A new report out today says that smartphones running the Google Android operating system are the best sellers in the world this year and will stay number one through 2016, but devices running Microsoft Windows Phone are expected to be the fastest growing segment of the smartphone market going forward.
A report Dec. 4 from the research firm IDC predicts that smartphones running Android will finish 2012 capturing a 68.3 percent share of the global smartphone market, based on operating system, followed by Apple iOS, which powers iPhones, at 18.8 percent and BlackBerry OS from Research in Motion in third place at 4.7 percent.
But number four — “with a bullet” as they say * — is Windows Phone, which should finish 2012 with a 2.6 percent share. That doesn’t sound like much but IDC forecasts Windows Phone to grow at an industry leading compound annual growth rate (CAGR) of 71.3 percent to reach 11.4 percent share by 2016, surpassing BlackBerry, whose share is forecast to drop to 4.1 percent.
Microsoft introduced Windows Phone 7 (WP7) in 2010 as a top-down redesign of its moribund Windows Mobile platform that was long ago eclipsed by Android and Apple iOS. WP7 still only sold modestly and uptake didn’t improve much when Microsoft inked a deal with Nokia in 2011 to make Windows Phone the replacement OS for Nokia’s Symbian platform. But in October, Microsoft introduced Windows Phone 8 along with a number of new smartphone models from Nokia, as well as models from Samsung and HTC.
Notably, sales of the new, and critically well-received, Nokia Lumia 920 running WP8 have been strong and even prompted a 30 percent spike in Nokia’s stock price in late November. But further analysis raises questions about whether sell-outs at various carriers and retailers are due to high demand or short supply. Other reports also point to supply shortages of WP8 phones from Samsung and HTC.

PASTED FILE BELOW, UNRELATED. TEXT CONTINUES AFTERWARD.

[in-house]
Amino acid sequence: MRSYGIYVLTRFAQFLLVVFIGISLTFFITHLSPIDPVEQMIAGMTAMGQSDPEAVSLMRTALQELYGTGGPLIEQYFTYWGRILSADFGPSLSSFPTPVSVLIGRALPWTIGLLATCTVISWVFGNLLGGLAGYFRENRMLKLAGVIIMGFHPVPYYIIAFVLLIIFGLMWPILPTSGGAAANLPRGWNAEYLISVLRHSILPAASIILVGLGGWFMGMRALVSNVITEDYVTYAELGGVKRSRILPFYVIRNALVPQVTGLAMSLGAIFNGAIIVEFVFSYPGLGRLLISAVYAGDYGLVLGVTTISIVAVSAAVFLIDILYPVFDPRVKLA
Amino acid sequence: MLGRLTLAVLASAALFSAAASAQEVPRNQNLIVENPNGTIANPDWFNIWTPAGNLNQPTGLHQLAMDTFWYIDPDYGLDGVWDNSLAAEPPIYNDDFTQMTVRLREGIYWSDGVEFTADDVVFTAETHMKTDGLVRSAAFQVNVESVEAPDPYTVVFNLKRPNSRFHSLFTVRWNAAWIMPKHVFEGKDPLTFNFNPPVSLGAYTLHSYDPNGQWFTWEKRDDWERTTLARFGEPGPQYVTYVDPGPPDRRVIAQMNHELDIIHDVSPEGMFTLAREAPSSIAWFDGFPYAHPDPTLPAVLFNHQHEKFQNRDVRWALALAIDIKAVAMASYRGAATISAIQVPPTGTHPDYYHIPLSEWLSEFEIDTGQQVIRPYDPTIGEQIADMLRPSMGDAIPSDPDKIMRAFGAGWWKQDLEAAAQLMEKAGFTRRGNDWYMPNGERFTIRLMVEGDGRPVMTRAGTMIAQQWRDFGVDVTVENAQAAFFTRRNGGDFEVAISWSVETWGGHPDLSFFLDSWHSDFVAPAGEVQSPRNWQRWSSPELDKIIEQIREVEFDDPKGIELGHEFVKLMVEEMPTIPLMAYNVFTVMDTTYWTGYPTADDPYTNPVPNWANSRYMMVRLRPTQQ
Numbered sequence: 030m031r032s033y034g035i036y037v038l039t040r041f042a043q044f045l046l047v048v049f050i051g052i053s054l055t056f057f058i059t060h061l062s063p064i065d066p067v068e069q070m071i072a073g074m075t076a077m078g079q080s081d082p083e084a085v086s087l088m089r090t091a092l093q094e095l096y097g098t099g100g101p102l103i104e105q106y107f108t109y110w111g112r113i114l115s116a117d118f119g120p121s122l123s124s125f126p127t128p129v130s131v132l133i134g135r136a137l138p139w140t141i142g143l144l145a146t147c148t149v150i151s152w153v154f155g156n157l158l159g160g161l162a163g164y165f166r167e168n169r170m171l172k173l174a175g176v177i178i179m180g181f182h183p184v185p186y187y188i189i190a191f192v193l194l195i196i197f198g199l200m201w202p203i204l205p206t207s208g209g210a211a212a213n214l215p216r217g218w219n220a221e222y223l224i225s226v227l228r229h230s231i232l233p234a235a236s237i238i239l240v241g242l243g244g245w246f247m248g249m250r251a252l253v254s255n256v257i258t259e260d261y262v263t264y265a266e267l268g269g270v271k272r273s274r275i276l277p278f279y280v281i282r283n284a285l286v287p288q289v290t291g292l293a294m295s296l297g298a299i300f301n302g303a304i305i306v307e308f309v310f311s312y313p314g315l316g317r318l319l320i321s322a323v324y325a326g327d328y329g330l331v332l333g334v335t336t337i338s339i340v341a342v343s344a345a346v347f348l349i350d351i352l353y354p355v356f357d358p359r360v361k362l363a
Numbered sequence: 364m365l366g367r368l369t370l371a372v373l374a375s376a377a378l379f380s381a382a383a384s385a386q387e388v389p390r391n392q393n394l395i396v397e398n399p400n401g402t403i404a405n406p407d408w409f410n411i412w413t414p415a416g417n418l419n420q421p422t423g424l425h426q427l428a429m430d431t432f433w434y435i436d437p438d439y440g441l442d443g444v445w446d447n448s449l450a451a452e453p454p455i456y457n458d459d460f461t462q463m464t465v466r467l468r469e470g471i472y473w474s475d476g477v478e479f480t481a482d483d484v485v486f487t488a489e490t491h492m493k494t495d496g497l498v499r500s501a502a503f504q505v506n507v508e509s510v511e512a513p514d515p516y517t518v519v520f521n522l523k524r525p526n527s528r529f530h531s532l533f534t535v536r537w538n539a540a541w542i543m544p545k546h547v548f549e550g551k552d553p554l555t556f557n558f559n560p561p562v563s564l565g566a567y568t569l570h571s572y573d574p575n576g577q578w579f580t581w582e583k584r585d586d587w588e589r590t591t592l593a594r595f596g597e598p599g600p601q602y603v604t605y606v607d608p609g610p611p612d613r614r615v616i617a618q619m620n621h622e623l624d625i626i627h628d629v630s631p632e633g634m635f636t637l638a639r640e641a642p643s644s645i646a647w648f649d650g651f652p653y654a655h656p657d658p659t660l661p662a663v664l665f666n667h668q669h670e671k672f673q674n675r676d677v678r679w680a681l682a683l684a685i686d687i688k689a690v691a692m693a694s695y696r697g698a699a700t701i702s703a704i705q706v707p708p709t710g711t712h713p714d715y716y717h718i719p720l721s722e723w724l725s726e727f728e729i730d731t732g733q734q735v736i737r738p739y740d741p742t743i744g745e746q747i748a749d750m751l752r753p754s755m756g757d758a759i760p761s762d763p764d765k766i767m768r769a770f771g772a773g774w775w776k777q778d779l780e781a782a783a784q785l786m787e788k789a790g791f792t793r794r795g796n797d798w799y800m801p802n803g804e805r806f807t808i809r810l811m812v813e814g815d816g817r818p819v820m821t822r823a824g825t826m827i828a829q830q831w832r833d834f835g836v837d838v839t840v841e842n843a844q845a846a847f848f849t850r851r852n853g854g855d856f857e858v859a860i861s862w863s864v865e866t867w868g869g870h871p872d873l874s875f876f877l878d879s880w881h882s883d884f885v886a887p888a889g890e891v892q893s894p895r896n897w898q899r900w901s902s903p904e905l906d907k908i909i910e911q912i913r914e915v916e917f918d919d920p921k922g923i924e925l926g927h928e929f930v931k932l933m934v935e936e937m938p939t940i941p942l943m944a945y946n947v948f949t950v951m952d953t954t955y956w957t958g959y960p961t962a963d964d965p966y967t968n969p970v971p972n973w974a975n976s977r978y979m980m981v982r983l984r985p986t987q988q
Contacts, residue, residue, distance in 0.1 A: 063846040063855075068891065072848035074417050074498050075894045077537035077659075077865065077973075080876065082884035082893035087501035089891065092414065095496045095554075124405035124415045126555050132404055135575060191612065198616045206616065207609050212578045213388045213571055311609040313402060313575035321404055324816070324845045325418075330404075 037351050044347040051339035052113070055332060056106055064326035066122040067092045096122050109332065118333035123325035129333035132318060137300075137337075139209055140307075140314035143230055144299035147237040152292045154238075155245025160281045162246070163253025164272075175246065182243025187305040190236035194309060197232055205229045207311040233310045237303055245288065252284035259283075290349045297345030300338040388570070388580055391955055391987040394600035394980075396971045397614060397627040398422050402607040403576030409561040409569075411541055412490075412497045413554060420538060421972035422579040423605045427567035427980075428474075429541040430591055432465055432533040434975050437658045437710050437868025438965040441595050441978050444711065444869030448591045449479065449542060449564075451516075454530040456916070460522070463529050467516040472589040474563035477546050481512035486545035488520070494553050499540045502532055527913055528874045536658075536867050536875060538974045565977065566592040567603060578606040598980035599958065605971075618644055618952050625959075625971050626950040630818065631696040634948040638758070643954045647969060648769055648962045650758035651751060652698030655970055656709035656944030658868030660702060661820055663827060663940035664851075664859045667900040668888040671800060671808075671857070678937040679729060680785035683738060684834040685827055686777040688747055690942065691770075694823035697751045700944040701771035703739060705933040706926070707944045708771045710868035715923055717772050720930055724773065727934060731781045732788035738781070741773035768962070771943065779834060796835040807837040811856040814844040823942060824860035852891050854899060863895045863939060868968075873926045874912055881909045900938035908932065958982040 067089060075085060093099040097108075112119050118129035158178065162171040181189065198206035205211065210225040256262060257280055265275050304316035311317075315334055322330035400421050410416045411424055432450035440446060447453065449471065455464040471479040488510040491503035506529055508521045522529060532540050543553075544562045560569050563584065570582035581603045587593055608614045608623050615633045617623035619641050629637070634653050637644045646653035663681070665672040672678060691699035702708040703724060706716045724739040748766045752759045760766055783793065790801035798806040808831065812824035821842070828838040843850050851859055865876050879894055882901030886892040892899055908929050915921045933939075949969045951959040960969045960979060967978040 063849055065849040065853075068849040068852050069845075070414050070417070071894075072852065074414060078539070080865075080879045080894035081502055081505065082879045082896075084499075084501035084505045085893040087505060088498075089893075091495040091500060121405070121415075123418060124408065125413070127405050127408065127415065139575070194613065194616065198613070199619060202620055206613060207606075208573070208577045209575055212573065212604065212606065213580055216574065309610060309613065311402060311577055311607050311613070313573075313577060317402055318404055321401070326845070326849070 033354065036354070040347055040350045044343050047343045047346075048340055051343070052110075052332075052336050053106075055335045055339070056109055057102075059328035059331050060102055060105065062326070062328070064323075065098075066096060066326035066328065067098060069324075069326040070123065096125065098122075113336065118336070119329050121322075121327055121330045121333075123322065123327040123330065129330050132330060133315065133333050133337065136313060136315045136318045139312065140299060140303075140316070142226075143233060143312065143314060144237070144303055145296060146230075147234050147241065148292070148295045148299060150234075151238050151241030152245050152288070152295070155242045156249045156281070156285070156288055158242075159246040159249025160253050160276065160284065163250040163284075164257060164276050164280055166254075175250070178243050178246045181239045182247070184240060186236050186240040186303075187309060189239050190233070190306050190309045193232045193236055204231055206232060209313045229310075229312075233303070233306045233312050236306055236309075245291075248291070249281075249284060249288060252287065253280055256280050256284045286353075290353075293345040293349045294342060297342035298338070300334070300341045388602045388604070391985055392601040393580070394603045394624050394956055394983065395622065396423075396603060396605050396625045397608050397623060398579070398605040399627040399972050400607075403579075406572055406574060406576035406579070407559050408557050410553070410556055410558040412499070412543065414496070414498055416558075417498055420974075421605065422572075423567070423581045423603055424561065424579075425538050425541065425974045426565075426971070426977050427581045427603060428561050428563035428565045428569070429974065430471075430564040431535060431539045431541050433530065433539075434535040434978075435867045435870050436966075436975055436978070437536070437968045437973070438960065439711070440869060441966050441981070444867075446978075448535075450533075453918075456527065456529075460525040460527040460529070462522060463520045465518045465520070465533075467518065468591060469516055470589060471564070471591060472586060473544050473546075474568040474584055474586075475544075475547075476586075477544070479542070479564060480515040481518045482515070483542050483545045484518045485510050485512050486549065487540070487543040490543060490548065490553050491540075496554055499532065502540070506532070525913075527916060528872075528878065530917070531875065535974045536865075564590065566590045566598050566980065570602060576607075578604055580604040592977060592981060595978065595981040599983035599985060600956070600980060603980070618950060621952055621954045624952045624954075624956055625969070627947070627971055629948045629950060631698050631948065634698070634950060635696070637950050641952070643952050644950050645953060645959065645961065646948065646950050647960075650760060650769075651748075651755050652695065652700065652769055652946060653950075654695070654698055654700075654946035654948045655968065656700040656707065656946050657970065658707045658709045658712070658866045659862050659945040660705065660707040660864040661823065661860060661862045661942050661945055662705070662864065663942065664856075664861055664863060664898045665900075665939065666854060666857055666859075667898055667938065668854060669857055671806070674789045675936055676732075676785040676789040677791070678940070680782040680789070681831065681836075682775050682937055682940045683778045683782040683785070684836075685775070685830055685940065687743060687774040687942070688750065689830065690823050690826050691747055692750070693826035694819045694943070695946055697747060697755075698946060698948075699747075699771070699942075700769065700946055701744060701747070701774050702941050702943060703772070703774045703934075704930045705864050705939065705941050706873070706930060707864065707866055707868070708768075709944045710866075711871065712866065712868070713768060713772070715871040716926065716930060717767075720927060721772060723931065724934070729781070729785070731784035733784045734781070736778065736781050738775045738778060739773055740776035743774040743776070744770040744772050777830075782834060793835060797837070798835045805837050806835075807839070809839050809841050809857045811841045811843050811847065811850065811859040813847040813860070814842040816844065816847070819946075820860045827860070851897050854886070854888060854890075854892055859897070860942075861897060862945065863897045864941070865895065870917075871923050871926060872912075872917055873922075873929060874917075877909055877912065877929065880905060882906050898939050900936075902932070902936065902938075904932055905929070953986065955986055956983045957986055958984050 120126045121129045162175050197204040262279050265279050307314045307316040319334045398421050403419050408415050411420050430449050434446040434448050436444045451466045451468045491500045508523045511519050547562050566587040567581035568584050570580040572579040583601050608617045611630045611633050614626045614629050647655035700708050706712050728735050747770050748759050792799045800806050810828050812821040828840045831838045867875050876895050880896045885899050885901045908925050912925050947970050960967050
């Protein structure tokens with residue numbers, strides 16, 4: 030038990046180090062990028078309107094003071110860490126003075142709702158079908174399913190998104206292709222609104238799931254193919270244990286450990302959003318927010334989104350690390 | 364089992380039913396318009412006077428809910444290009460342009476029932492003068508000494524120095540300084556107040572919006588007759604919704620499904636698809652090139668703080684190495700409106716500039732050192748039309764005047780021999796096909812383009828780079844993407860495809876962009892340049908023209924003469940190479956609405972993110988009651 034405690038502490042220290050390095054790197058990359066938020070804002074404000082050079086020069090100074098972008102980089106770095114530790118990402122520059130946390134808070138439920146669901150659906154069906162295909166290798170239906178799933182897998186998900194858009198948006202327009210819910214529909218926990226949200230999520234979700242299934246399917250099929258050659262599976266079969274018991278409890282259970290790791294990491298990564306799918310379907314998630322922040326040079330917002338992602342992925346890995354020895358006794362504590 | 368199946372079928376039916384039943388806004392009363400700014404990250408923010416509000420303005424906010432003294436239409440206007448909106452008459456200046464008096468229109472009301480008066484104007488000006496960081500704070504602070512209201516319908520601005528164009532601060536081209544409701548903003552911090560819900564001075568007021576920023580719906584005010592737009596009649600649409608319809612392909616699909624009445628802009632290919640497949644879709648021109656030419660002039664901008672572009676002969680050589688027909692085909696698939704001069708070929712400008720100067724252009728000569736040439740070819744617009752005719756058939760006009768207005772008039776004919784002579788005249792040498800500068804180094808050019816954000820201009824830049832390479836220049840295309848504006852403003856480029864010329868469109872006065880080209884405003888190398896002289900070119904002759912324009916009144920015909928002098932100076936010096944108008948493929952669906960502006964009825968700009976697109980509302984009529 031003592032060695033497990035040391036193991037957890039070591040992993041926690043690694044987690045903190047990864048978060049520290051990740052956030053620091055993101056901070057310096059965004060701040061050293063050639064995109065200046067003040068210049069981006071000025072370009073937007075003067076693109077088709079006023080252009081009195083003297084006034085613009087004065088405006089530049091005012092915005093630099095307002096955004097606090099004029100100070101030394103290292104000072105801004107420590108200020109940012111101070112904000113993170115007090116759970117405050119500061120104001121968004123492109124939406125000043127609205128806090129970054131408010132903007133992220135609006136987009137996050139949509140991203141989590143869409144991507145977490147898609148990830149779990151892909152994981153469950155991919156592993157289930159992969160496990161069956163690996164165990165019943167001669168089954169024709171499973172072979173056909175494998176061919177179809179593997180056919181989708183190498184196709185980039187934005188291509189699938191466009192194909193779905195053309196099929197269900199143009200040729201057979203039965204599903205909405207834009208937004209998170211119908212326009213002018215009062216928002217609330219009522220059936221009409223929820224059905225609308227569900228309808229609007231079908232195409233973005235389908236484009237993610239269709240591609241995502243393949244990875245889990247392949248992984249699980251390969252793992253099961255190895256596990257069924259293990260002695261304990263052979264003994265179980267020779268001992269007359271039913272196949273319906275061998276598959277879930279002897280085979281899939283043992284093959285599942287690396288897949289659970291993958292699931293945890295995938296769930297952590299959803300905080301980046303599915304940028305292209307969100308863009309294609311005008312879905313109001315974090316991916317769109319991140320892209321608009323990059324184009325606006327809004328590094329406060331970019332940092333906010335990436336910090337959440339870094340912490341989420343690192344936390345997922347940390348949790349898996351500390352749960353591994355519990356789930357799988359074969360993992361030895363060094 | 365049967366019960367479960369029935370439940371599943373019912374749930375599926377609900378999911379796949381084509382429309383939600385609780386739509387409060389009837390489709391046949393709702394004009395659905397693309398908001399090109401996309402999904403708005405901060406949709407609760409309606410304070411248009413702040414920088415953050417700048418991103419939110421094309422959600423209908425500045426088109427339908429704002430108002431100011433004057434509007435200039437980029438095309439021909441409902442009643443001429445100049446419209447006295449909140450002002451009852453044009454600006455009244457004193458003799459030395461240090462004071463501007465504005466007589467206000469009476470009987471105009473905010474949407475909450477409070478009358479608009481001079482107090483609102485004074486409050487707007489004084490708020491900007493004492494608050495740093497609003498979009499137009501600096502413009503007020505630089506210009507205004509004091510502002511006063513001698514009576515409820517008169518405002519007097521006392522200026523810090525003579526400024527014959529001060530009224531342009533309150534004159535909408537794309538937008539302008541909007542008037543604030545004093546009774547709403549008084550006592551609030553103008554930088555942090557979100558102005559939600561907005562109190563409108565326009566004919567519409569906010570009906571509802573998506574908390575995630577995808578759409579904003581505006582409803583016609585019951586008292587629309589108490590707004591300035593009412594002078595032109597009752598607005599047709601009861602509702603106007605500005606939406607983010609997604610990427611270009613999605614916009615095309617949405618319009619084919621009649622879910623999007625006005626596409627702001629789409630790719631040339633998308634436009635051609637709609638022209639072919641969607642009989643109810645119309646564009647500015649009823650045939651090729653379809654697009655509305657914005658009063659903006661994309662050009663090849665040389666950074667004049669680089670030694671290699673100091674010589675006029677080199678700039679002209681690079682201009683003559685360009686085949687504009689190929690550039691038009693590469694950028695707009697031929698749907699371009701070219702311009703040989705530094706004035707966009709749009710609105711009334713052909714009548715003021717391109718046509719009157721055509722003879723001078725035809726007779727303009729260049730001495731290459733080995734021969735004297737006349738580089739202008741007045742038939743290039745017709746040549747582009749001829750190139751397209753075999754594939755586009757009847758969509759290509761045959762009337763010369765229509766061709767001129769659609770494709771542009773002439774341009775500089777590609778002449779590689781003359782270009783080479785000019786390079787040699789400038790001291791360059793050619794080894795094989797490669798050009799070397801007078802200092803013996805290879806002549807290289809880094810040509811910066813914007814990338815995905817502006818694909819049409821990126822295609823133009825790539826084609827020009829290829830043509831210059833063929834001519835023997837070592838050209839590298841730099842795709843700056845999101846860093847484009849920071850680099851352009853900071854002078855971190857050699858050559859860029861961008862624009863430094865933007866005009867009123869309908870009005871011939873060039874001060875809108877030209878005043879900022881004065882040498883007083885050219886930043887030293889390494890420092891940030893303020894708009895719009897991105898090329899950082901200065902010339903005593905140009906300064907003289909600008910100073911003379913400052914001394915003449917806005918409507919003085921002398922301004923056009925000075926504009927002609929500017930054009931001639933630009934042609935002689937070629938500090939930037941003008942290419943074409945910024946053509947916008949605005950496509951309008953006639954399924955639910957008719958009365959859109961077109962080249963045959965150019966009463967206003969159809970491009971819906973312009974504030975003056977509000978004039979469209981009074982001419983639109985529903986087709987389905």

Nonetheless, assuming those supply shortages are resolved, WP8 could become a clear third place player, said IDC analyst Ramon Llamas.
“Windows Phone stands to gain the most market share as its smartphone and carrier partners have gained valuable experience in selling the differentiated experience Windows Phone has to offer,” said Llamas.
The “differentiated experience” he refers to is the unique user interface Windows Phone offers compared to that of Android and Apple iPhones. The iPhone was introduced in 2007 with Apple’s compelling array of icons on the home screen representing multiple applications for e-mail, messaging, the Safari Web browser or the hundreds of thousands of third party apps in the App Store. When Google Android devices first appeared starting in 2009, the home screen UI followed Apple’s lead. But Microsoft went a whole different route.
It’s UI is based on what it calls “Live Tiles,” various squares of different colors that can be configured to different sizes based on the importance of the app to the end user. The tiles also can provide a sneak preview of the data delivered by the application that the tile represents. A stock market app could have a tile with the Don Jones Industrial Average of the moment, while a weather app could have the local temperature and a symbol indicating whether it’s cloud, sunny or raining.
That way, the end user could get some information at a glance just from viewing their home screen.
Whether that UI is compelling enough to boost WP8 device sales remains to be seen but IDC says it could happen, especially with Nokia, whose sales are currently weak, but which remains a strong global brand.
Another wild card, however, is RIM and the BlackBerry 10, its long-delayed new OS due in January. The question is whether BB10 will be compelling enough for BlackBerry to gain back some of the market share ground it has lost in recent years.
*BTW, the expression “with a bullet” dates back to the days of Top 40 radio when weekly lists charted the Top 40 record singles getting the most airplay. (“Records” were the predecessor to MP3 files.) If a song was rising in the charts rather than falling it was marked with an up arrow, dubbed a “bullet.” Ask your grandparents. Thus, Windows Phone is at a 2.6 percent share “with a bullet.”